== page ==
In this paper we set out the welfare economics based case for imposing cartel penalties on the cartel overcharge rather than on the more conventional bases of revenue or profits (illegal gains). To do this we undertake a systematic comparison of a penalty based on the cartel overcharge with three other penalty regimes: fixed penalties; penalties based on revenue, and penalties based on profits. Our analysis is the first to compare these regimes in terms of their impact on both (i) the prices charged by those cartels that do form; and (ii) the number of stable cartels that form (deterrence). We show that the class of penalties based on profits is identical to the class of fixed penalties in all welfare-relevant respects. For the other three types of penalty we show that, for those cartels that do form, penalties based on the overcharge produce lower prices than those based on profit) while penalties based on revenue produce the highest prices. Further, in conjunction with the above result, our analysis of cartel stability (and thus deterrence), shows that penalties based on the overcharge out-perform those based on profits, which in turn out-perform those based on revenue in terms of their impact on each of the following welfare criteria: (a) average overcharge; (b) average consumer surplus; (c) average total welfare.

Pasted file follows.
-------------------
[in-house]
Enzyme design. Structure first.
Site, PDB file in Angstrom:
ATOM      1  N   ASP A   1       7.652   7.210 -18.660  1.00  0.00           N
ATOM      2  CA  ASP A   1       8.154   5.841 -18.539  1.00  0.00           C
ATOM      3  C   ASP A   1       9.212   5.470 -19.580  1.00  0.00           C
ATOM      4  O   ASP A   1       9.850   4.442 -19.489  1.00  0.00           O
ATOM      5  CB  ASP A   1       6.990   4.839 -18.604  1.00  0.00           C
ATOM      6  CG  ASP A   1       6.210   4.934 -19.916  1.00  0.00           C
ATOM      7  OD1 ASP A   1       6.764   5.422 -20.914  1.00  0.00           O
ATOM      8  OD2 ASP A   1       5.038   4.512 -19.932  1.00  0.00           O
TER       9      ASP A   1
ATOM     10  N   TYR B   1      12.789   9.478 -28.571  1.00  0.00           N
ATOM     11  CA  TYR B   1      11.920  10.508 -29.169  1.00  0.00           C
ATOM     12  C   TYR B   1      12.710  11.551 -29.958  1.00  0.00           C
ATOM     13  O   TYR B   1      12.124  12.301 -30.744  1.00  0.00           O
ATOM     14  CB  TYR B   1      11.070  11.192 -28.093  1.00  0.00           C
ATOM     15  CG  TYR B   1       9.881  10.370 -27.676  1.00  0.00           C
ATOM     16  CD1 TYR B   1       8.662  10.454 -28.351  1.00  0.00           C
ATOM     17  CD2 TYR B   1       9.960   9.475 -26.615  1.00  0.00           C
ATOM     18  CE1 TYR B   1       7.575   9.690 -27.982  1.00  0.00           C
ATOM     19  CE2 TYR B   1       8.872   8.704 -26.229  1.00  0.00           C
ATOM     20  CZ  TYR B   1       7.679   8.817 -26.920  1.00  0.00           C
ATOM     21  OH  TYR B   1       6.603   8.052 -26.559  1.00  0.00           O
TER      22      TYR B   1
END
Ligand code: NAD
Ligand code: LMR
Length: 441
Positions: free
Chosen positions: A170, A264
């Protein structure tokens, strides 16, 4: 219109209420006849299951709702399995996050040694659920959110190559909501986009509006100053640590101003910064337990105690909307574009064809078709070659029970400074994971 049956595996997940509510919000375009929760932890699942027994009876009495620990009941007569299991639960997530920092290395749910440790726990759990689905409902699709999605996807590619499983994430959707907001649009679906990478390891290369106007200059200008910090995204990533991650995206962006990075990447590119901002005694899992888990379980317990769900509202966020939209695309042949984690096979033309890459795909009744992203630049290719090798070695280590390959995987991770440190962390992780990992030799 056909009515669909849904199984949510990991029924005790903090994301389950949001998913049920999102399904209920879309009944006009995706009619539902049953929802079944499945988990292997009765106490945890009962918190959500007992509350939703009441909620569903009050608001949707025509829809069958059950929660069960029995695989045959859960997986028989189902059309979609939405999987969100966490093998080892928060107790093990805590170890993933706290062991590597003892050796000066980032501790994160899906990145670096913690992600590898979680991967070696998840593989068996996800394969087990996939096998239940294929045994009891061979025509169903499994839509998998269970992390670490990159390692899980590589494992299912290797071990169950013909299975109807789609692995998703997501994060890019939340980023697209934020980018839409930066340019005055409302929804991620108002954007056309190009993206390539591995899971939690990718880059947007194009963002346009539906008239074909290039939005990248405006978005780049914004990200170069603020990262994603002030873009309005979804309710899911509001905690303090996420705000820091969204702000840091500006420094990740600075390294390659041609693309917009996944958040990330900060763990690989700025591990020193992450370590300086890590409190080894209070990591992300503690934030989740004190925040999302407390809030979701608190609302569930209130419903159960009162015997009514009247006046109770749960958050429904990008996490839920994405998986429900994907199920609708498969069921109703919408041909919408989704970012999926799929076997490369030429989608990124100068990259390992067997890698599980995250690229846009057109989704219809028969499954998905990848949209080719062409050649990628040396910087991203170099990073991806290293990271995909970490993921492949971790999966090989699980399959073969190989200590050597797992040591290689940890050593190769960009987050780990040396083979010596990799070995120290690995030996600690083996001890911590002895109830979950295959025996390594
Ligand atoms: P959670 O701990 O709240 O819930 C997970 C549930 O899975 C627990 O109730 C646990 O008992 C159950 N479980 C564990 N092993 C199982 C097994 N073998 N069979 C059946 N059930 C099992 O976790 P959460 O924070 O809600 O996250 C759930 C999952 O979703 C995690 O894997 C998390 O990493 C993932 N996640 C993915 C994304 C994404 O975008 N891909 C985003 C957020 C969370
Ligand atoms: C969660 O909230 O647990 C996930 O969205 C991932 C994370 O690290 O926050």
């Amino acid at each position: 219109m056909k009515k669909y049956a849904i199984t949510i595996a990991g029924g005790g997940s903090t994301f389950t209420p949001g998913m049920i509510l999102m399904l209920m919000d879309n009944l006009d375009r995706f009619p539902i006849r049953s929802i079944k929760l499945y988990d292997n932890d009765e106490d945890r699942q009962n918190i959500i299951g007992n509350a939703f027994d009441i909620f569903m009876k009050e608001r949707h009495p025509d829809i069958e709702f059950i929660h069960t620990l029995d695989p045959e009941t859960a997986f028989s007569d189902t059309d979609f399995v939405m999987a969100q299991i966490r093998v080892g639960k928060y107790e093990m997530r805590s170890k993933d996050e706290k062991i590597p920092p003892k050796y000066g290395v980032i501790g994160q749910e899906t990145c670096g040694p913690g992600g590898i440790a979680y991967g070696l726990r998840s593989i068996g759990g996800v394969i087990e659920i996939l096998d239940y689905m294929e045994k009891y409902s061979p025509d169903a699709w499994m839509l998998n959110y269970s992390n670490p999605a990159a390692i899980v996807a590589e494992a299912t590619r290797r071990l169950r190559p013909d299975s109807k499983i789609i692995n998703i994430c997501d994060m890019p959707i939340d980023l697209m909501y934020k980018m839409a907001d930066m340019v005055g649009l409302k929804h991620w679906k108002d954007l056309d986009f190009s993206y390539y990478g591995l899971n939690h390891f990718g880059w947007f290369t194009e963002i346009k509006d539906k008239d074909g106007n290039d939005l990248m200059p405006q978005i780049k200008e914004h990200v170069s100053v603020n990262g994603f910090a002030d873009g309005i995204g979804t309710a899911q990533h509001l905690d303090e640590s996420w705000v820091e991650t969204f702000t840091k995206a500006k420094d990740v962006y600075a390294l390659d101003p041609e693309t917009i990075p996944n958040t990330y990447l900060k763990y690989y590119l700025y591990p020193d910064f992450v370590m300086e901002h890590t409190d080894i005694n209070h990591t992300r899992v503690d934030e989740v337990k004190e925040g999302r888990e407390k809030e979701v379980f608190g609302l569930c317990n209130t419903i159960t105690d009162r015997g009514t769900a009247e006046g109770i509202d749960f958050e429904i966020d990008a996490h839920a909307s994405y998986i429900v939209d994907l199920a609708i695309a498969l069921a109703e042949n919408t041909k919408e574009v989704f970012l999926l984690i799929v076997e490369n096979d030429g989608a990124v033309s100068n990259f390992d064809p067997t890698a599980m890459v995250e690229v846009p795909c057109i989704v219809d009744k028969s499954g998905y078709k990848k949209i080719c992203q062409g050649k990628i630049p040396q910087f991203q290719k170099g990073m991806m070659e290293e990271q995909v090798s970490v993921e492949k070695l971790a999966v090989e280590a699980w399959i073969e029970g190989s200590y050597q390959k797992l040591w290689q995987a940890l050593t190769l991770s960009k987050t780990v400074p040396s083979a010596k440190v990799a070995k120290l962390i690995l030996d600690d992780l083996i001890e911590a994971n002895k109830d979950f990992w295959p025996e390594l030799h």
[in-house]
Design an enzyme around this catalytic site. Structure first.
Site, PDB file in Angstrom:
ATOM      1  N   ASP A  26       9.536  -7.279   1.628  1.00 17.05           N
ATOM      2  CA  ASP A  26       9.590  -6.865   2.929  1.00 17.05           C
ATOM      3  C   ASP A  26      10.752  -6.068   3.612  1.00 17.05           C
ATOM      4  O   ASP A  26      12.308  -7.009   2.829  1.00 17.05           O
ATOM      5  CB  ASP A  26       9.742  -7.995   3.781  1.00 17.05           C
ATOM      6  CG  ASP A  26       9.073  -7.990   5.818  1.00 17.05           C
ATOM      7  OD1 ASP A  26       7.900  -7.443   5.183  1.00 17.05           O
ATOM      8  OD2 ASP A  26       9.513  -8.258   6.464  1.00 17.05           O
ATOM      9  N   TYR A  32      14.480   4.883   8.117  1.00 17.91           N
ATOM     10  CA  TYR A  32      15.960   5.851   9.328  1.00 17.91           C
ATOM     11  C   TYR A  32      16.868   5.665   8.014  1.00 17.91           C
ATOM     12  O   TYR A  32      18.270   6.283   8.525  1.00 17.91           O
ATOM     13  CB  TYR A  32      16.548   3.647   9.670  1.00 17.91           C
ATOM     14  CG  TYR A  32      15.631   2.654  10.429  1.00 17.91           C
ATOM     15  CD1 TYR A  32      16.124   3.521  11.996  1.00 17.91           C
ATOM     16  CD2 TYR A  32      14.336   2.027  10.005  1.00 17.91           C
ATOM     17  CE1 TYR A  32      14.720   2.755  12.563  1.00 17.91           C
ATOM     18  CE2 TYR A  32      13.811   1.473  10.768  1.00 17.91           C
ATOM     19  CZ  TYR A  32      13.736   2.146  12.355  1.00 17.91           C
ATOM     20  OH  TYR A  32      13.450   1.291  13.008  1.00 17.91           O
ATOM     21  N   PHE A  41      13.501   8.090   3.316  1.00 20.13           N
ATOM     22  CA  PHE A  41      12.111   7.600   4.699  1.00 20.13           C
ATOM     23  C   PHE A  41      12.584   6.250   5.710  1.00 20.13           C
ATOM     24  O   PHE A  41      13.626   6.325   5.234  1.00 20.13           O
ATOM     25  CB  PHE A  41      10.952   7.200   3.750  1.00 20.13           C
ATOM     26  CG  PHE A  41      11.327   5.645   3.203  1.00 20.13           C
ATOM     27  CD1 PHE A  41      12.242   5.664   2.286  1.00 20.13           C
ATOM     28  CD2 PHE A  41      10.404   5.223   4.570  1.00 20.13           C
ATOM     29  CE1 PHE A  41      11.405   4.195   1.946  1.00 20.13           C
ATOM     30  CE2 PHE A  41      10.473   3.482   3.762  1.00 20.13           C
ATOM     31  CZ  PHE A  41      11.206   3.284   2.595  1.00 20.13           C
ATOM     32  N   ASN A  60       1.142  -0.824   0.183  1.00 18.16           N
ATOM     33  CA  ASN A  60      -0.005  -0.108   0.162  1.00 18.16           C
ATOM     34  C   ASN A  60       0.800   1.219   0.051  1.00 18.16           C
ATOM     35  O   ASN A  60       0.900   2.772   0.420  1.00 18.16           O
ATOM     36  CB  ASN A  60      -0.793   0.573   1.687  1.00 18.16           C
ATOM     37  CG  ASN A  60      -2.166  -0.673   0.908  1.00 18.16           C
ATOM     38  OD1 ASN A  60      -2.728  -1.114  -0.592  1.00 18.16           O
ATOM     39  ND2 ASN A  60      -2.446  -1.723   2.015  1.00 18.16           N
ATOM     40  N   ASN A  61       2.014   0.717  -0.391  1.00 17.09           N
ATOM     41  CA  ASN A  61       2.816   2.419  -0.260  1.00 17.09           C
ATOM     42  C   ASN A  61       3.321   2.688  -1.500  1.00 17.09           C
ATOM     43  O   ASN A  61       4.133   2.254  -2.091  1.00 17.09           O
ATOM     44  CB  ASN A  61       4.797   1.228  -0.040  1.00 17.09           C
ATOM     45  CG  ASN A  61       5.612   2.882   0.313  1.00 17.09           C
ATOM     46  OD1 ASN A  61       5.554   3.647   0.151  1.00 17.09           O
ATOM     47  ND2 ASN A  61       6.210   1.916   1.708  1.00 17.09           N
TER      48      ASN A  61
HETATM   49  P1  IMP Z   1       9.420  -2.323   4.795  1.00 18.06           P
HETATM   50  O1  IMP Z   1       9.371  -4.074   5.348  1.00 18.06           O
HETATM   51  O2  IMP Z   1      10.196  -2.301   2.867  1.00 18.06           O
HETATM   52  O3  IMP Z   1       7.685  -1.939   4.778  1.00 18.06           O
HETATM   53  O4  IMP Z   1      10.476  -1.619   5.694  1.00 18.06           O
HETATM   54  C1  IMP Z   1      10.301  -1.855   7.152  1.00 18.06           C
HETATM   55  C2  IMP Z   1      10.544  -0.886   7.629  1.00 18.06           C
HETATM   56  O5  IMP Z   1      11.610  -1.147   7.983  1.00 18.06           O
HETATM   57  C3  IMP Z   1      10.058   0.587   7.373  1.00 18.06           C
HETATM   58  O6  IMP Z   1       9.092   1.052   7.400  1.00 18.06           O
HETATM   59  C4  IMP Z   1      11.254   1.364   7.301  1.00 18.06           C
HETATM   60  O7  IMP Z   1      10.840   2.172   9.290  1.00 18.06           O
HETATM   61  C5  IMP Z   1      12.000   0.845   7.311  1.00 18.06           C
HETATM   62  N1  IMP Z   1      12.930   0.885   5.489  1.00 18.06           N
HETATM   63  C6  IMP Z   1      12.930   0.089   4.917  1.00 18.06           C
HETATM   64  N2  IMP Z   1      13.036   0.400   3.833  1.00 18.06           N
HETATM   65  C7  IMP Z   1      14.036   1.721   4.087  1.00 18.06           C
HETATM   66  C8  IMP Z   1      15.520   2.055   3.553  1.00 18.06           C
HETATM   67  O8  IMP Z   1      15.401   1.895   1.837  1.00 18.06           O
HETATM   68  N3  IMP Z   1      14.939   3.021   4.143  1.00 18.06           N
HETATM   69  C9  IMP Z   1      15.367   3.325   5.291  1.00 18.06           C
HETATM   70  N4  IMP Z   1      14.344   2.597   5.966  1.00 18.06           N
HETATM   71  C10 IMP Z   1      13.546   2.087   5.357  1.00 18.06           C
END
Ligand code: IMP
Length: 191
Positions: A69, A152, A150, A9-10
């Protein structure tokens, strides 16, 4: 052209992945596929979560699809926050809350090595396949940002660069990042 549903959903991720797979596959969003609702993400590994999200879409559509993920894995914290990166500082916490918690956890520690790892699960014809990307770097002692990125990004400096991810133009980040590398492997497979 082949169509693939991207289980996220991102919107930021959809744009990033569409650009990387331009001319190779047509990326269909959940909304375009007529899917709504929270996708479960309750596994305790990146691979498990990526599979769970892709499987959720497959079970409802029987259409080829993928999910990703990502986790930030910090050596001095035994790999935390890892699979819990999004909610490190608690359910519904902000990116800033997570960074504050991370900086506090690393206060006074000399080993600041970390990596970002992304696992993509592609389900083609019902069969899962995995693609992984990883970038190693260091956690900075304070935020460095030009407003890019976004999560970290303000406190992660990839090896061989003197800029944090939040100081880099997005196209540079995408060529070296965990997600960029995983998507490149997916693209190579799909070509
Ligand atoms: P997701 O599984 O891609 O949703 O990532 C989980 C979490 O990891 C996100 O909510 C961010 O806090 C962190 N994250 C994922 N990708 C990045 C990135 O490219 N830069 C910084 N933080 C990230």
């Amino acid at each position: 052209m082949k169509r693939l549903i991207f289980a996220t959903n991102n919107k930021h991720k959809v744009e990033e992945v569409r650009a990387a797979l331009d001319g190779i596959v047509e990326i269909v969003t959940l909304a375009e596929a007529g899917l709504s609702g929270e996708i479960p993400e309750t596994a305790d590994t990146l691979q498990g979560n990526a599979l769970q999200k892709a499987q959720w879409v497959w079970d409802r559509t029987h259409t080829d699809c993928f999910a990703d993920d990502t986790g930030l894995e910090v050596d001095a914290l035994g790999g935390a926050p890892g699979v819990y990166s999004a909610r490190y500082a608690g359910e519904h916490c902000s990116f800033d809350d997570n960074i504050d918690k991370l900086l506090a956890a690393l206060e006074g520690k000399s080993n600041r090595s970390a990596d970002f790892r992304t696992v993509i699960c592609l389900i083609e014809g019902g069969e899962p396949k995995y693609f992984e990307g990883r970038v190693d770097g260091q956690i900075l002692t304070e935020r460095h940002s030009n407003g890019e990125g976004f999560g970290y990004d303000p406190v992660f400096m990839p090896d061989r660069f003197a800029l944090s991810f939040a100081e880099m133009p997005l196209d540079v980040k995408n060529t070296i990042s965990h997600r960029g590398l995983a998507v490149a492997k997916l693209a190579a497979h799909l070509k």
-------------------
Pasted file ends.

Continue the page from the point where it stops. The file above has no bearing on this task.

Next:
In Motorola Mobility LLC v. AU Optronics, No. 14-8003, 2014 WL 1243797 (7th Cir. Mar. 27, 2014), the Seventh Circuit Court of Appeals offers an interpretation of the Foreign Trade Antitrust Improvements Act (FTAIA), 15 U.S.C. §6a that would have significant implications for the right to sue foreign companies under the Sherman Act. The FTAIA states that the Sherman Act “shall not apply to conduct involving trade or commerce … with foreign nations.” but provides some exceptions to that rule. The exception of relevance to Motorola Mobility is that foreign companies are liable under the Sherman Act when their conduct has “a direct, substantial, and reasonably foreseeable effect” on U.S. commerce and “such effect gives rise to a claim under [the Sherman Act].” Motorola Mobility involves an alleged cartel of foreign manufacturers of liquid crystal display (LCD) panels used in mobile phones. In a decision written by Judge Richard Posner, the LCD manufacturers were found not liable because their conduct did not have a “direct” effect and thus did not fall into the above-stated exception to the FTAIA: The alleged price fixers are not selling the panels in the United States. They are selling them abroad to foreign companies (the Motorola subsidiaries) that incorporate them into products that are then exported to the United States for resale by the parent. The effect